The offshore winds will often fluctuate in strength during a day’s fishing and the amount of gas in your balloon will need to be adjusted on numerous occasions. I have found that the ideal wind strength for gas ballooning is between 10-25knots.

The most effective way of attaching the balloon to your main line is with a 10-20m length of 30lb mono known as your balloon line. This balloon line is attached to the neck of the balloon at one end, and the other end is fixed to your main line by tying it to a solid ring which can slide freely up and down your main line and leader. When a fish strikes your skipbait the balloon line will simply move up and down your mainline while you fight the fish without busting off. With the sliding balloon rig your gas filled balloon can be used multiple times and this is far more economical than using a fixed balloon line which is designed to pop off every time a fish strikes.


Appropriate cliff gaffs have become synonymous with this style of fishing as the majority of popular gas ballooning platforms are reasonable high above the water. The West Australian cliff gaff is extremely popular amongst balloon fishermen and is effective when extracting fish from huge cliffs where it is impossible to reach your fish even with a long pole gaff.

The classic cliff gaff is usually made of stainless steel and incorporates three or four separate hooks attached to a rope. These gaffs are designed to slide down the anglers mainline or leader once the fish is at the base of the rocks. As soon as the gaff has reached the fish you simply lift the rope and the hooks will usually pin the fish over its head. I always make sure that at least two hooks are secured in the fish before I attempt to drag it up the cliff with the rope.


There is no doubt that the West Australian coastline is the home of gas ballooning. In the summer months the trade winds are strong southerlies and the best place to gas balloon during this time of year is Steep Point which is located in the Shark Bay region. During the winter months the wind direction shifts to an easterly and the Quobba coastline near the township of Carnarvon is an ideal location to catch pelagics using gas balloons. The Quobba coastline is an 80km stretch of coast which features some of the most iconic gas ballooning ledges such as Whistling Rock, South Wall, North Wall and Hells Gate. Another productive location for gas ballooning on the west coast is Wagoe Beach, this is an excellent place to target mackerel, tuna and even big amberjacks from the sand.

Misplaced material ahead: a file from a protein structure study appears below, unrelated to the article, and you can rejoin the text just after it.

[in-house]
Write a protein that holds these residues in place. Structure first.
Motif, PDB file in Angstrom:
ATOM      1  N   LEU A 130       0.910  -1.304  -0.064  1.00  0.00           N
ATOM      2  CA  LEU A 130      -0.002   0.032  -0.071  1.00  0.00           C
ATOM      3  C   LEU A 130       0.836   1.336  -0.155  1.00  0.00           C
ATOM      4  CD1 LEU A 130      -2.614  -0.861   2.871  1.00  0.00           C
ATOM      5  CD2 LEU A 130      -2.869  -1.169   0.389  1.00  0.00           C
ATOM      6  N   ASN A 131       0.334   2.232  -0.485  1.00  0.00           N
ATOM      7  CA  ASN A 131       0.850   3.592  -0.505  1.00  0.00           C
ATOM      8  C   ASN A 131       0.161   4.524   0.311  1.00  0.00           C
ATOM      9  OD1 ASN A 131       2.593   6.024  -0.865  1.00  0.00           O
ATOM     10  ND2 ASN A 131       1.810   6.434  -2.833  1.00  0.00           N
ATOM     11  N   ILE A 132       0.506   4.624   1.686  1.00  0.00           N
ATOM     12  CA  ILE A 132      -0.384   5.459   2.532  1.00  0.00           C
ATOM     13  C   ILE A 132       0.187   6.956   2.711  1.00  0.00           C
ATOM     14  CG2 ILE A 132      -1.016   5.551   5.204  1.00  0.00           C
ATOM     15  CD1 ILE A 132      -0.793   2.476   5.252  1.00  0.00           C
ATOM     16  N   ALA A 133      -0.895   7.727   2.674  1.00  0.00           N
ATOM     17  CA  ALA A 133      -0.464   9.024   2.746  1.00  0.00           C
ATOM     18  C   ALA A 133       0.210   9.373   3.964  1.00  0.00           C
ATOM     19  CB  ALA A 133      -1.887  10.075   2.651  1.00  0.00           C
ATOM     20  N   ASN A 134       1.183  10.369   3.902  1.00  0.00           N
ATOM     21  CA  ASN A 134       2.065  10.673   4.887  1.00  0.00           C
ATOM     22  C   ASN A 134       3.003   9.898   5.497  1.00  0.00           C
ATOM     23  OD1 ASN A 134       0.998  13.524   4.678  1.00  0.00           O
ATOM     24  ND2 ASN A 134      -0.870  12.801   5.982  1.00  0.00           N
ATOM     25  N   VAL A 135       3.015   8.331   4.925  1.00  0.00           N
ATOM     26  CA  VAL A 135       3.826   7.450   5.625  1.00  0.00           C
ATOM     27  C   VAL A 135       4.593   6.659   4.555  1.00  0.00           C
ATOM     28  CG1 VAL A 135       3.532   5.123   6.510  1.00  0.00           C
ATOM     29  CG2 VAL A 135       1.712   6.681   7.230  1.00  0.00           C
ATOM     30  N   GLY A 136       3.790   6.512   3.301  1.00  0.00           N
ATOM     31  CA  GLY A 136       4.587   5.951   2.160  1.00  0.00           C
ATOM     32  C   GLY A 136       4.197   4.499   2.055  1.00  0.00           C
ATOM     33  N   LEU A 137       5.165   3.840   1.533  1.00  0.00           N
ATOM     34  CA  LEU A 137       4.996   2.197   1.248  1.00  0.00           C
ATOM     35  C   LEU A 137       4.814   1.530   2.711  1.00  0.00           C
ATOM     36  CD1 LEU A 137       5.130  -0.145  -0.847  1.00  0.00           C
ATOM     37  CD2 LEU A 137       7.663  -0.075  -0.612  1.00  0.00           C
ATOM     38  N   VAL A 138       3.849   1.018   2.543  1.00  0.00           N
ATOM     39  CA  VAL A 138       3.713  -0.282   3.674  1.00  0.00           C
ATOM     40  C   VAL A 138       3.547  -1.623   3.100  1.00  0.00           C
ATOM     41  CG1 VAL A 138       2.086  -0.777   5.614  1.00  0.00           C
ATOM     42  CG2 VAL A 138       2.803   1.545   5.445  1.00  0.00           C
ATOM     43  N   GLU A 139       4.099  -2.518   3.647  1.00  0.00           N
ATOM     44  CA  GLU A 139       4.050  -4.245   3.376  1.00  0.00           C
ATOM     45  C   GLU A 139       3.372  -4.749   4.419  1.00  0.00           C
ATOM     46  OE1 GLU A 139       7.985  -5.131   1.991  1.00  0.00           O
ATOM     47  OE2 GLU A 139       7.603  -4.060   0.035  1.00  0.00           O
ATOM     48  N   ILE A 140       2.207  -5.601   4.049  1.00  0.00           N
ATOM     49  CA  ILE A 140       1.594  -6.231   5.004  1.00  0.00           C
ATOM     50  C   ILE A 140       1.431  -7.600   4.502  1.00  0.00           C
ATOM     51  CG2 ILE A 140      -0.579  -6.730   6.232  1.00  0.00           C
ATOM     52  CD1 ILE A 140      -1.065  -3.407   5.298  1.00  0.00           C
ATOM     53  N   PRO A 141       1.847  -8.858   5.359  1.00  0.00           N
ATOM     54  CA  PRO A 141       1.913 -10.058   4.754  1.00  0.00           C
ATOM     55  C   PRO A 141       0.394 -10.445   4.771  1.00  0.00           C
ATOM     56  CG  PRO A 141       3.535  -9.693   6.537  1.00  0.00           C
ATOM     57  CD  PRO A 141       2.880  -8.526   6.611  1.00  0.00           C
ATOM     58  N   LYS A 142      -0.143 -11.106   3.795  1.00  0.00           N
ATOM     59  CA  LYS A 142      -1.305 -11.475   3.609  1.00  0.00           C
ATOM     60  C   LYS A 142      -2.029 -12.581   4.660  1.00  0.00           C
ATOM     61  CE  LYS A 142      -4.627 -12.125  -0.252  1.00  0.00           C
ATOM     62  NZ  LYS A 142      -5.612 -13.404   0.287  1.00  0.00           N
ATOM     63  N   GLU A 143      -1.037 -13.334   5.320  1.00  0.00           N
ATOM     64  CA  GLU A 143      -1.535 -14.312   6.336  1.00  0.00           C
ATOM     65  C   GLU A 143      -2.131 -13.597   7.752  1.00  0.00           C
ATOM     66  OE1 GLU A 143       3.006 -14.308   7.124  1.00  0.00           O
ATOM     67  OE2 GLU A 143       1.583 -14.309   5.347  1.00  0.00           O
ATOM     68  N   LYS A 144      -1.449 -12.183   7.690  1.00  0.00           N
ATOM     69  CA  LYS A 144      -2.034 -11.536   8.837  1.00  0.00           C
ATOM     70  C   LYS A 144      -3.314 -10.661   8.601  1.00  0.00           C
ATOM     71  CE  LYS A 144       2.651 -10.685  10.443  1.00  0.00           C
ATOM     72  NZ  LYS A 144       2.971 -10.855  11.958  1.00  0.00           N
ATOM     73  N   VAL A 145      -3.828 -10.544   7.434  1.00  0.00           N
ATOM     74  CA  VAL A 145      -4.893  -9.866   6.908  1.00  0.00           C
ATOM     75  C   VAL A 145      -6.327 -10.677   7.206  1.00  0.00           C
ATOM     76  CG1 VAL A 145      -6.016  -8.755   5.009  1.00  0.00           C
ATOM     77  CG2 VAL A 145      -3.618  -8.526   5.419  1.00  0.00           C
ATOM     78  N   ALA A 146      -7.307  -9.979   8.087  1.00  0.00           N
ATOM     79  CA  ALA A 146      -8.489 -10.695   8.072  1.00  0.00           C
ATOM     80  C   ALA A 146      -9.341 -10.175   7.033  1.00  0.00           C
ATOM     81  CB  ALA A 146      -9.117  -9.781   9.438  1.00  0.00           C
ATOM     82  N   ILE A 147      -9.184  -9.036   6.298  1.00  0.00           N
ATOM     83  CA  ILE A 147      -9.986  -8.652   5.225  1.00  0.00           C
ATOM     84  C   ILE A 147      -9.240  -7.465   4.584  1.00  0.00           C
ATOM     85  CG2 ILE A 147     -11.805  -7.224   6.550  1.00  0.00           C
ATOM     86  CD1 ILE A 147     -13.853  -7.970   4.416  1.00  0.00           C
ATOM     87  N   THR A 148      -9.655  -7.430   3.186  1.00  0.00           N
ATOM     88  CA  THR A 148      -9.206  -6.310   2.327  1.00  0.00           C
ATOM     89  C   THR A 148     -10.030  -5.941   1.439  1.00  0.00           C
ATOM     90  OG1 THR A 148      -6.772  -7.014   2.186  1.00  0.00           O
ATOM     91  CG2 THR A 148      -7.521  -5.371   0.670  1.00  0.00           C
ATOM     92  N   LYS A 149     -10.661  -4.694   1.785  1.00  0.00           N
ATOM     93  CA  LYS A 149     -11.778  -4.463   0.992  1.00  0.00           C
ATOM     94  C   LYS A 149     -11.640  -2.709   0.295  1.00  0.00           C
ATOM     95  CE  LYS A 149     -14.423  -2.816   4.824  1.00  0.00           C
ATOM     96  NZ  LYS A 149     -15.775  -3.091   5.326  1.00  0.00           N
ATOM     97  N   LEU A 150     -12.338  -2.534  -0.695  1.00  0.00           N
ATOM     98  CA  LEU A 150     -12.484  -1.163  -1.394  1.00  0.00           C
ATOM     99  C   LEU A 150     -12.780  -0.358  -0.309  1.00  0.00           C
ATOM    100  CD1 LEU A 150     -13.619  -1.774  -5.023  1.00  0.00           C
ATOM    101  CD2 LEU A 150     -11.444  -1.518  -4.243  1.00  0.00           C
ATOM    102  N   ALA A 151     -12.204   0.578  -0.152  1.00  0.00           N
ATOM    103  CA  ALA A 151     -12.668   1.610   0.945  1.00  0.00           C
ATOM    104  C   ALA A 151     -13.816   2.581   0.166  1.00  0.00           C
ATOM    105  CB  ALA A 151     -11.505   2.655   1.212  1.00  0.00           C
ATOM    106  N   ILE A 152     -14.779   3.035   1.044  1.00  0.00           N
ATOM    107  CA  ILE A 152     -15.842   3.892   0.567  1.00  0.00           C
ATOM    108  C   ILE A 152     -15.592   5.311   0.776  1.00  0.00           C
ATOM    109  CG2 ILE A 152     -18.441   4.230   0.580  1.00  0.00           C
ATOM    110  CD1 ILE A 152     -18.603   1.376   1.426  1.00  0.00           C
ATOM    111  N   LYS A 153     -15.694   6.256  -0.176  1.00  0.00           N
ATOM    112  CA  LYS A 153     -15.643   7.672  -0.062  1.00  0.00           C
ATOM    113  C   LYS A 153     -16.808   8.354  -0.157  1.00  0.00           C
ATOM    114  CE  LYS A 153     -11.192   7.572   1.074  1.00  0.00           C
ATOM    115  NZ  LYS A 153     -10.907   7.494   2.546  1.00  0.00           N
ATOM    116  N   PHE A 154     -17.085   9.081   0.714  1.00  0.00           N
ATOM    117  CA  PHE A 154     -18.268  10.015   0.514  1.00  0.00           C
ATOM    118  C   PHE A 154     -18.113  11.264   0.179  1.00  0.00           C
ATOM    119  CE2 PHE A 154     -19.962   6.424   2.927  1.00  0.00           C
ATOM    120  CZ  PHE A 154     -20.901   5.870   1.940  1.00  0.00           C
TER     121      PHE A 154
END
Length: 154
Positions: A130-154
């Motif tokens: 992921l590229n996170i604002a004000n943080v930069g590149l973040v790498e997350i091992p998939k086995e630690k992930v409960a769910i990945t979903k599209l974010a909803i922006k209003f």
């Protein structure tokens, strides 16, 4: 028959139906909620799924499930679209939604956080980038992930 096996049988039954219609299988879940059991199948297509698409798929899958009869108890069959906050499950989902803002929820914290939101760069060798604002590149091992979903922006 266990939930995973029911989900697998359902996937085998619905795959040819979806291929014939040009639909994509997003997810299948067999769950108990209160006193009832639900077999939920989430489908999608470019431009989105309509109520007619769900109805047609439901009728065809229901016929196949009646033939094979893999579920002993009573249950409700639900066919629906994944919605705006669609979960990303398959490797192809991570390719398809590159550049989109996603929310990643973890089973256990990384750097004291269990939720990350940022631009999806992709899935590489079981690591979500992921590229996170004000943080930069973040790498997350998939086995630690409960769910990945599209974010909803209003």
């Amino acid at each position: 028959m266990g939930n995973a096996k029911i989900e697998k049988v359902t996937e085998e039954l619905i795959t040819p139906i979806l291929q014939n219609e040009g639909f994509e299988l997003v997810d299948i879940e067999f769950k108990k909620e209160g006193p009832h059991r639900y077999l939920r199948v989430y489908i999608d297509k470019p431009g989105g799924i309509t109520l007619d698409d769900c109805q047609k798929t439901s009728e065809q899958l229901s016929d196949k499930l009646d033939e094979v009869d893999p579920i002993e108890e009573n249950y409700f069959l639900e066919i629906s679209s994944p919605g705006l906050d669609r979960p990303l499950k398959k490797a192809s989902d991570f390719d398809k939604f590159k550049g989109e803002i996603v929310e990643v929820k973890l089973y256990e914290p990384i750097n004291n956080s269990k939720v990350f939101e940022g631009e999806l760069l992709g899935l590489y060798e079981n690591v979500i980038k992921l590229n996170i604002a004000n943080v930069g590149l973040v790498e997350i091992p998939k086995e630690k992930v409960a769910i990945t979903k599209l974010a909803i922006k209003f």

Unfortunately gas ballooning is far less productive on the east coast of Australia as the offshore winds on this side of the country do not coincide as well with the run of pelagics that annually migrate along the east coast in summer and autumn. In the past few seasons I’ve been experimenting with gas ballooning along the east coast at locations such as Iluka, Hat Head, Forster and Jervis Bay. During this time I have landed a few sharks and a solid cobia from the east coast rocks and I definitely see a lot more potential for gas ballooning in NSW and Queensland. With the right winds you can easily be fishing in deep cobalt waters where you could encounter species such as yellowfin tuna, wahoo and a wide variety of other highly sought after gamefish.

By investing some quality time and putting some serious effort into this technique you can really catch some incredible fish from the shore. If you haven’t tried gas ballooning before try to find some offshore winds and get on the gas.